The United States Citizenship and Immigration Services (USCIS) recently made public its proposed regulation to change the way in which H-1B cap-subject petitions are filed and selected.
By way of background, the H1-B program allows companies in the United States to temporarily employ foreign workers in specialty occupations. Qualifying H-1B positions require the theoretical and practical application of a body of highly specialized knowledge and a bachelor’s or higher degree in a specific specialty, or its equivalent. In recent years, employers have filed tens of thousands more H-1B petitions than H-1B visas the government makes available each fiscal year. When USCIS receives more than enough H-1B petitions to reach the congressionally mandated H-1B cap, USCIS uses a computer-generated random selection process, a “lottery,” to select the petitions that it will consider toward the annual cap.
Traditionally, employers seeking cap-subject H-1B petitions file a complete petition packet on April 1st in order to have their petitions considered in the H-1B lottery. USCIS’ proposed rule would change that. It would require employers only to register electronically each of the cap-subject H-1B petition they seek. The designated registration period would begin at least fourteen (14) days before the first day of the filing in each fiscal year (on or around April 1st). If one or more of an employer’s petitions are selected in the lottery, the employer then would be notified and asked to file a full petition with supporting documents during a designated sixty-day filing period.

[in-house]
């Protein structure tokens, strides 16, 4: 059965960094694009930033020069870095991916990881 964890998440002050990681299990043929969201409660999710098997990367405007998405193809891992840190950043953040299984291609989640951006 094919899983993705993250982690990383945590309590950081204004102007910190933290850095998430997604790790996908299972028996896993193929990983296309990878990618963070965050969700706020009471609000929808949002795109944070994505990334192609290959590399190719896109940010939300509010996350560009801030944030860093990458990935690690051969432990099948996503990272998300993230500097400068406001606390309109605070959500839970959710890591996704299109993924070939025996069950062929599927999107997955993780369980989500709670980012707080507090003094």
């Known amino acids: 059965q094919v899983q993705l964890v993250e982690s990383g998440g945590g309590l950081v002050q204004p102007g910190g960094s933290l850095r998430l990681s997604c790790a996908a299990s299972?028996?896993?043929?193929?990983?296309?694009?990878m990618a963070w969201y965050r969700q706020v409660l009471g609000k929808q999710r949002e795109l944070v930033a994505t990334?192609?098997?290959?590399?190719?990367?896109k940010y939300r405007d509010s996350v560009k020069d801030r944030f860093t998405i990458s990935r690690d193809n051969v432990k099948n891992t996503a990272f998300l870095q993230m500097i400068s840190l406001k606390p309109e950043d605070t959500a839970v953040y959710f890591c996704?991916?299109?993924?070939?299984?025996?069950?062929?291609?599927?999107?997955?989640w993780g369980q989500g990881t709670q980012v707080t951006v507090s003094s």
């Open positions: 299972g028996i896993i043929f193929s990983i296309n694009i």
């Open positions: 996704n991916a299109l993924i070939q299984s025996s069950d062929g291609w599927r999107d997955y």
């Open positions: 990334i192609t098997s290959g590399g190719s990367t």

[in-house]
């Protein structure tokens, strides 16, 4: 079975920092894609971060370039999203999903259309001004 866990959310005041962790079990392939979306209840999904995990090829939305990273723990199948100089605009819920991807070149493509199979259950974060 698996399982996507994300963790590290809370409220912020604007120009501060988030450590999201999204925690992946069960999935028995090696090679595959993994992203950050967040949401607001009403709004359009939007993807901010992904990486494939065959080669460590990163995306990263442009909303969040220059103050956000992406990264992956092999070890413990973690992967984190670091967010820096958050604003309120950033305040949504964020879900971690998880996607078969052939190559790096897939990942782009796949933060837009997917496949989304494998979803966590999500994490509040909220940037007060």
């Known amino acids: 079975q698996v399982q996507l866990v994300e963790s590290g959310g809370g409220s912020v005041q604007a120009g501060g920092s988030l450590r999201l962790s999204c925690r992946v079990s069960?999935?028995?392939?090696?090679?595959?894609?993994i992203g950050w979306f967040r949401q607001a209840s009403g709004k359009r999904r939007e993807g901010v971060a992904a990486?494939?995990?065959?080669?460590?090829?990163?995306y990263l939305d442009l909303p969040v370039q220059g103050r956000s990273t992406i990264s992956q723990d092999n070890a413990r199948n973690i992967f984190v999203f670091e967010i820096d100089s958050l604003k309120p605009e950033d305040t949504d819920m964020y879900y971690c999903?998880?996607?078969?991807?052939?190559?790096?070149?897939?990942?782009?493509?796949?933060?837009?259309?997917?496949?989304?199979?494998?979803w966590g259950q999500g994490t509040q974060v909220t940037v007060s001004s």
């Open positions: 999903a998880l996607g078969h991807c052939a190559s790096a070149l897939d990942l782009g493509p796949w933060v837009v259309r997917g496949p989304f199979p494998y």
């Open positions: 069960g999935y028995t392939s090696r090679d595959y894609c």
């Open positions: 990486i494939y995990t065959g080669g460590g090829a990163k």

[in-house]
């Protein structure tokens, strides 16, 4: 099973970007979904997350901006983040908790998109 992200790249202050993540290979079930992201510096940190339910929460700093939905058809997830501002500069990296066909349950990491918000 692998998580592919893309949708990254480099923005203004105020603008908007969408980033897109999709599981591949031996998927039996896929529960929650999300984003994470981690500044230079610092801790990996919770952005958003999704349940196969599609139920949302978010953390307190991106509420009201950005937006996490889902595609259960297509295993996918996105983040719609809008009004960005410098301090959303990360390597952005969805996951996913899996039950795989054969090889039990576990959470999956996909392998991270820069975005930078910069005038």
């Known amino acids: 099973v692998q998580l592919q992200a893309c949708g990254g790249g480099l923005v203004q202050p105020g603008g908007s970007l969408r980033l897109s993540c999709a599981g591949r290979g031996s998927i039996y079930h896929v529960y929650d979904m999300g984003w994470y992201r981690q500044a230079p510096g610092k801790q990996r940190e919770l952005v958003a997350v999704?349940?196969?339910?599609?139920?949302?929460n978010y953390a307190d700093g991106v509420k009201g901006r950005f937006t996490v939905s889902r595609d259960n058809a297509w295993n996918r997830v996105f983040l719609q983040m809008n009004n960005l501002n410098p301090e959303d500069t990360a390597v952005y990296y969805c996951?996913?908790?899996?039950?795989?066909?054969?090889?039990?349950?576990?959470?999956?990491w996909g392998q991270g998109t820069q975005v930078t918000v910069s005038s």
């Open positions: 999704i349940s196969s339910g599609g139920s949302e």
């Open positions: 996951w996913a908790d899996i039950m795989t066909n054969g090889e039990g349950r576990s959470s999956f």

Although this may be a welcome change in that it would save employers the expense and hassle of preparing a full petition packet and then risk non-selection, the proposed rule includes another, less positive change. It would require USCIS to select the 65,000 petitions for the regular H-1B cap first before selecting the additional 20,000 for the U.S. master’s H-1B cap (the additional H-1B visas available to beneficiaries who have a master’s or higher degree from a U.S. university). Currently, USCIS selects H-1B petitions under the master’s H-1B cap first, and then considers all remaining petitions not selected in, or not eligible for, the master’s H-1B cap. This change in the selection process would likely make it harder for H-1B beneficiaries without a U.S. master’s or higher degree to be selected in the H-1B lottery; they now would compete for selection with a larger number of petitions. Indeed, USCIS has expressed that the purpose of the proposed change is to increase the chances that beneficiaries with a U.S. master’s or higher degree would be selected under the H-1B cap. According to the USCIS, this new process would result in an estimated increase of up to 16 percent (or 5,340 workers) in the number of selected H-1B beneficiaries with a U.S. master’s or higher degree. This proposed regulation is being touted as furthering the April 18, 2017, “Buy American and Hire American,” Executive Order issued by President Trump. USCIS is accepting comments on this proposed regulation until January 2, 2019. - Lexicology.com